Have you experienced pain and sensitivity when trying to drink a cold beverage or eat hot soup? If so, you’re not alone! In fact, 57% of the population deals with this same issue. However, the cause of your dental sensitivity could vary. Ultimately, it is in your best interest to schedule your next dentist appointment right away when experiencing dental sensitivity, as this will help you to rule out any more serious oral health problems. To give you a sense of what could be causing the issue, however, read on to see if you fall into any of the following categories.
1. Your diet could be corroding your teeth.
Do you eat a lot of citrus fruits? Is your diet high in sugar? If so, your diet could possibly be the culprit for your sensitive teeth. Foods that are highly acidic—such as citrus fruits, coffee, tomato sauce, and even soy sauce— can corrode your dental enamel. Sugary foods can also be the problem, as they feed the bacteria in plaque and cause them to release acids onto the surface of your teeth. Ultimately, these foods wear away your dental enamel and cause dental sensitivity.
2. You brush your teeth too vigorously.
When it comes to brushing your teeth, there can definitely be too much of a good thing. If you brush too hard or too often, you could be wearing away your dental enamel, causing pain and sensitivity. Over-brushing can also cause your gums to recede, exposing your dental root and causing your tooth to be hypersensitive to heat or cold. Try brushing lightly with a soft-bristled toothbrush just twice a day to prevent this issue from worsening, then schedule an appointment with your dentist to discuss your symptoms.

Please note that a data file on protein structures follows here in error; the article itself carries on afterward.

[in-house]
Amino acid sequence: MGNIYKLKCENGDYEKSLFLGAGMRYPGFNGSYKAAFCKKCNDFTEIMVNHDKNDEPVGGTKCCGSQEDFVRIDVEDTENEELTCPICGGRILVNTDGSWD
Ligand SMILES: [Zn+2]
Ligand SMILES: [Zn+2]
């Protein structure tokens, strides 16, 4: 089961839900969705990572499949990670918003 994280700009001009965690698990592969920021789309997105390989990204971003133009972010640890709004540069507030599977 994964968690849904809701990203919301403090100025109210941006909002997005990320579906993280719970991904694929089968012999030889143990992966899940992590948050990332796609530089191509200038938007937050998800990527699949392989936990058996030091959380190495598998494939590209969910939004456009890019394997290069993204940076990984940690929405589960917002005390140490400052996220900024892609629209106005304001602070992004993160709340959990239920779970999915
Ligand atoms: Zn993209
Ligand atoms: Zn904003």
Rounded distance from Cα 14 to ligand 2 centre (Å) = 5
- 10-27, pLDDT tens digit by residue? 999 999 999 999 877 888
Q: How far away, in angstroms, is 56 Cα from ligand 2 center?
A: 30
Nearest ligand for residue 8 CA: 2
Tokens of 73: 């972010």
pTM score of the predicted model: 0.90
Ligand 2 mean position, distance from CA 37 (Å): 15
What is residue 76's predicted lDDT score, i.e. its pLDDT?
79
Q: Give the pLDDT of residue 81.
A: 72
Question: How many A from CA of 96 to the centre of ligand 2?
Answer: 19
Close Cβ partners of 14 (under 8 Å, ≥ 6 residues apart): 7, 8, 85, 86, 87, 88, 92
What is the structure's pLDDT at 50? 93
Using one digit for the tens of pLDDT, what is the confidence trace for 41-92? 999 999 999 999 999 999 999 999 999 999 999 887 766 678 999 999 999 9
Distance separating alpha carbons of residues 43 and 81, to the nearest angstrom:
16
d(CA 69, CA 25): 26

3. You use at-home whitening products.
Did you know that many at-home whitening solutions contain hydrogen peroxide? This ingredient can often cause dental sensitivity. If you’ve found that your teeth have been particularly sensitive since you began this bleaching treatment, we recommend that you discontinue this element of your routine. Speak with your dentist about our professional whitening treatments, as well as other ways you can whiten your teeth without these at-home products.
4. You could have an underlying oral health issue.
Unfortunately, there are a number of oral health issues that could be causing dental sensitivity. You could potentially have a broken tooth, tooth decay, or even a broken restoration (such as a cracked filling). Another possible cause of your hypersensitivity is periodontal disease (also known as gum disease). Any of these issues should be addressed immediately. Therefore, we recommend that you schedule your appointment with the dentist as soon as possible.
To help give you relief from your sensitive teeth, call Downtown Dental in the Loop to schedule your next appointment!